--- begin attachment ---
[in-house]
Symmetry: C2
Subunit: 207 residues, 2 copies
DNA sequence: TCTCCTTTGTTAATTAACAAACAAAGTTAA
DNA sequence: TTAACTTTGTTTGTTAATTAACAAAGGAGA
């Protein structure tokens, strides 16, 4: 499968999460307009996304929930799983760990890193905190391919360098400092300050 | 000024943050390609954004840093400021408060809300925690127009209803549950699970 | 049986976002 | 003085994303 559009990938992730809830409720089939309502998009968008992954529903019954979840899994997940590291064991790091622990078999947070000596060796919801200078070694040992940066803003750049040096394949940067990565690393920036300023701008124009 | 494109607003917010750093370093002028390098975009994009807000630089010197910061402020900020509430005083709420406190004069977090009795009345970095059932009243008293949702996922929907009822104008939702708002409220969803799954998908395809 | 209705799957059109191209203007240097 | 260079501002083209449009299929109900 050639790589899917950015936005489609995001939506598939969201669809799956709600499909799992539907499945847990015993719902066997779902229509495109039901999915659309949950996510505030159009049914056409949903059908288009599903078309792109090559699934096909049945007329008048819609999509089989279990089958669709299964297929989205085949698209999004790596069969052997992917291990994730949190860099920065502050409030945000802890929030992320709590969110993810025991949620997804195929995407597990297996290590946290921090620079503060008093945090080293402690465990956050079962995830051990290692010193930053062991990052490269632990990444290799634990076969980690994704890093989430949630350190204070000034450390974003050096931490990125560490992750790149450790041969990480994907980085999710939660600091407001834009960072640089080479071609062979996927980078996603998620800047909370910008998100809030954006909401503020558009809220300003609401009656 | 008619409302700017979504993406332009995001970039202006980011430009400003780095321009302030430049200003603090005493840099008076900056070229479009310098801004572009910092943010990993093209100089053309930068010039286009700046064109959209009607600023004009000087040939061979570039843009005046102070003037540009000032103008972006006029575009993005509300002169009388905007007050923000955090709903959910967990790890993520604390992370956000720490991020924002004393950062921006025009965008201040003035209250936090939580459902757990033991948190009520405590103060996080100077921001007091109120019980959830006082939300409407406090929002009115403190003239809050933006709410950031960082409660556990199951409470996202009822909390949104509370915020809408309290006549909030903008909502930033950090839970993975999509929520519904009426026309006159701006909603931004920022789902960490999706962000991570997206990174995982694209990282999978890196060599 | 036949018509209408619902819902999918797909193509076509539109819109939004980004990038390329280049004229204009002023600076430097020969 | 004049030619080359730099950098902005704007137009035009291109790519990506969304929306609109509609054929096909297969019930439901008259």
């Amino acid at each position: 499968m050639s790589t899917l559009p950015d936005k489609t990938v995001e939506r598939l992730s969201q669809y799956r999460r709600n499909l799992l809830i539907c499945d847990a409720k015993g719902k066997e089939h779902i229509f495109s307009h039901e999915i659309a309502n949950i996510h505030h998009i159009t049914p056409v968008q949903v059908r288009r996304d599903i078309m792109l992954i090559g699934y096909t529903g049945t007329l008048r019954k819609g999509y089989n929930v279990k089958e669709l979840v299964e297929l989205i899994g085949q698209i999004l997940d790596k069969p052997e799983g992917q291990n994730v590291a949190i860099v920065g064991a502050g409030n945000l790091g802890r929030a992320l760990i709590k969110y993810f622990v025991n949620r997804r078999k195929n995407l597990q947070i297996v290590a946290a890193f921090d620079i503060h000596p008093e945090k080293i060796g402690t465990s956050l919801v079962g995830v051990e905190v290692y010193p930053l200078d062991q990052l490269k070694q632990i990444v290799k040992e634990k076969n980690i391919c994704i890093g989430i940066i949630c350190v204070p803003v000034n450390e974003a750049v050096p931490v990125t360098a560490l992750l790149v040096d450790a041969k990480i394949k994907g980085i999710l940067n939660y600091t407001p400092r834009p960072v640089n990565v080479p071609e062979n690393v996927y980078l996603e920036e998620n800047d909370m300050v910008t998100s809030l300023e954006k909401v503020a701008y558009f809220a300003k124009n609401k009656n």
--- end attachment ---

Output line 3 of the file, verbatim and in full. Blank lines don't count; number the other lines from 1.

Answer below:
Subunit: 207 residues, 2 copies